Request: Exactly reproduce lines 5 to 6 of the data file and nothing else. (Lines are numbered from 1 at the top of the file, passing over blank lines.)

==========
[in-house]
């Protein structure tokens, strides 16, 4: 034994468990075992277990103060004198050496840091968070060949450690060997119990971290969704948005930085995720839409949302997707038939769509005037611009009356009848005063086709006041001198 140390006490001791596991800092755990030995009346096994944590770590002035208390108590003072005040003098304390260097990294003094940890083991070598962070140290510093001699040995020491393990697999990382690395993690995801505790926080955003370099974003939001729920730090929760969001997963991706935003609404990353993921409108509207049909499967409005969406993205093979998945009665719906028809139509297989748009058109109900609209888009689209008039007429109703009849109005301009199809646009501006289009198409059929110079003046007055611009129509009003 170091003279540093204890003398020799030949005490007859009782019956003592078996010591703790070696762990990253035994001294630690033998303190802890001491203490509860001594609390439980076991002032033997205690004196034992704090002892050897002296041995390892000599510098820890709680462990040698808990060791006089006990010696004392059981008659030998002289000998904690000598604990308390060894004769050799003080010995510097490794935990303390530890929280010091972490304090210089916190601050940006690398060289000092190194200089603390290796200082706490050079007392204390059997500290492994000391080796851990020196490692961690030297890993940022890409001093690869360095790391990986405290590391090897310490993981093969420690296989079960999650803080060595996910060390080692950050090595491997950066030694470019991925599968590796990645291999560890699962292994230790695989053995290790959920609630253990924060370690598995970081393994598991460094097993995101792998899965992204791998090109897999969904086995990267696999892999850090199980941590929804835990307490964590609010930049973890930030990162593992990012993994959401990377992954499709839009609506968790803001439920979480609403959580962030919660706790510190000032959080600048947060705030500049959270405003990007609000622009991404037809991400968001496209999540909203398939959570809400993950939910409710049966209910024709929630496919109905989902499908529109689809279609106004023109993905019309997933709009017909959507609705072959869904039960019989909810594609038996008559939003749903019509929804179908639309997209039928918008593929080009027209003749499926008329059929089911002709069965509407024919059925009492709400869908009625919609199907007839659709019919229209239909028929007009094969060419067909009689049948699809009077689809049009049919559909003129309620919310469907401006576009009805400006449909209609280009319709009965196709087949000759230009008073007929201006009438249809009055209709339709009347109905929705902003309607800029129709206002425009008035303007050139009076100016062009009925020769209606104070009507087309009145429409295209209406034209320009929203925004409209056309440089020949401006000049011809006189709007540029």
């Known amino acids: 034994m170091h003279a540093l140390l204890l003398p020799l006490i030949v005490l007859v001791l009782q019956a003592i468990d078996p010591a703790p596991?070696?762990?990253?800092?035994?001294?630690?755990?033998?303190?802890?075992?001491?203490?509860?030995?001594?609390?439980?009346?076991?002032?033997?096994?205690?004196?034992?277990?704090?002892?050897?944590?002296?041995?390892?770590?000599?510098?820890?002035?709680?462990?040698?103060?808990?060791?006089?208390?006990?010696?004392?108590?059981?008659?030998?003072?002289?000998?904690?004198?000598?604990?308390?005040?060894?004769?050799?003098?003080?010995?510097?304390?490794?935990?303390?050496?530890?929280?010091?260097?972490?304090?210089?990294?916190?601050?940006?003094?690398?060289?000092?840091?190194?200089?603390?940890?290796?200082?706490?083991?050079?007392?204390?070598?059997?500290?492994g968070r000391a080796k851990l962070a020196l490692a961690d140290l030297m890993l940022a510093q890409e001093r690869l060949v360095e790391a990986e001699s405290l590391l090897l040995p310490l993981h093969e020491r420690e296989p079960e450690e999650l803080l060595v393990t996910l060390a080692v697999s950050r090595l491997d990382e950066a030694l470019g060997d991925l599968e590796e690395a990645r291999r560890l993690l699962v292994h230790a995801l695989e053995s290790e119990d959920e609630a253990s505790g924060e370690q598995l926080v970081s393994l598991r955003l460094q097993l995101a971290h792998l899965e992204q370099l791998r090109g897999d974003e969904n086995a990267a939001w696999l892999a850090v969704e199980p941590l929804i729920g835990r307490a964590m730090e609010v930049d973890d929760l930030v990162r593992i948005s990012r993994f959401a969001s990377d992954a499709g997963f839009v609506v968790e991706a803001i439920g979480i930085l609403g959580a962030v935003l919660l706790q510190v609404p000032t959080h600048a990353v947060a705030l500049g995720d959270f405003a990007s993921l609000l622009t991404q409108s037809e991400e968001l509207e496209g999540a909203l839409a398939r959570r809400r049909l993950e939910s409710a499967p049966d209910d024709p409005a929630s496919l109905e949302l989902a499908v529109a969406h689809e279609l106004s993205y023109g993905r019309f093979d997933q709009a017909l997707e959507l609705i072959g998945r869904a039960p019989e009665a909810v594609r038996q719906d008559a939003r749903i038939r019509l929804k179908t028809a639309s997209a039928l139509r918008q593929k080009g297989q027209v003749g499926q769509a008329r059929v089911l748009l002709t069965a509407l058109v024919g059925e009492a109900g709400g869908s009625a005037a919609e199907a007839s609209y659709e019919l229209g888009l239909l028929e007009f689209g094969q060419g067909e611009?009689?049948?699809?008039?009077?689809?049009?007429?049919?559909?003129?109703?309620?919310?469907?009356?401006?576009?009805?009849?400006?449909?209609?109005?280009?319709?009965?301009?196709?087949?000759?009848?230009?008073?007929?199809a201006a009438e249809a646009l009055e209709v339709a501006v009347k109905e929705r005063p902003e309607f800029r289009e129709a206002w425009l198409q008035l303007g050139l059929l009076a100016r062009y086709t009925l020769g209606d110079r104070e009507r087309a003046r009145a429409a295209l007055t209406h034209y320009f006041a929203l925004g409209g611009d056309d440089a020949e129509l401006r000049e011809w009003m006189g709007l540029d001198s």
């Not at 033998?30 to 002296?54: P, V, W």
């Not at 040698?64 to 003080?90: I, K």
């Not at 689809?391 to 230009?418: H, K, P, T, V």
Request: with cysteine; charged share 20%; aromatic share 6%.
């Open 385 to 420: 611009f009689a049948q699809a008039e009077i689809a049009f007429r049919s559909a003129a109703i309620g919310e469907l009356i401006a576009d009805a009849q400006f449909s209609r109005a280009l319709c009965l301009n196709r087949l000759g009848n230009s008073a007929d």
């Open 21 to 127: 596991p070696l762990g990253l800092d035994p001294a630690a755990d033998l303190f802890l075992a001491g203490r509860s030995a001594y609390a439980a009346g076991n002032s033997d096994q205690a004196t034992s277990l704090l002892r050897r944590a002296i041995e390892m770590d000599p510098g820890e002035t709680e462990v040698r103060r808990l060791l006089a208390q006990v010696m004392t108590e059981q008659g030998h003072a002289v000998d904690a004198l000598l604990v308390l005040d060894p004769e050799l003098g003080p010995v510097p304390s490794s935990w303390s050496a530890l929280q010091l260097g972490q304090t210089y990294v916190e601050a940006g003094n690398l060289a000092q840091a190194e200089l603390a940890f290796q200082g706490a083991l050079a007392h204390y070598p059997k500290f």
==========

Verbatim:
């Not at 040698?64 to 003080?90: I, K």
């Not at 689809?391 to 230009?418: H, K, P, T, V």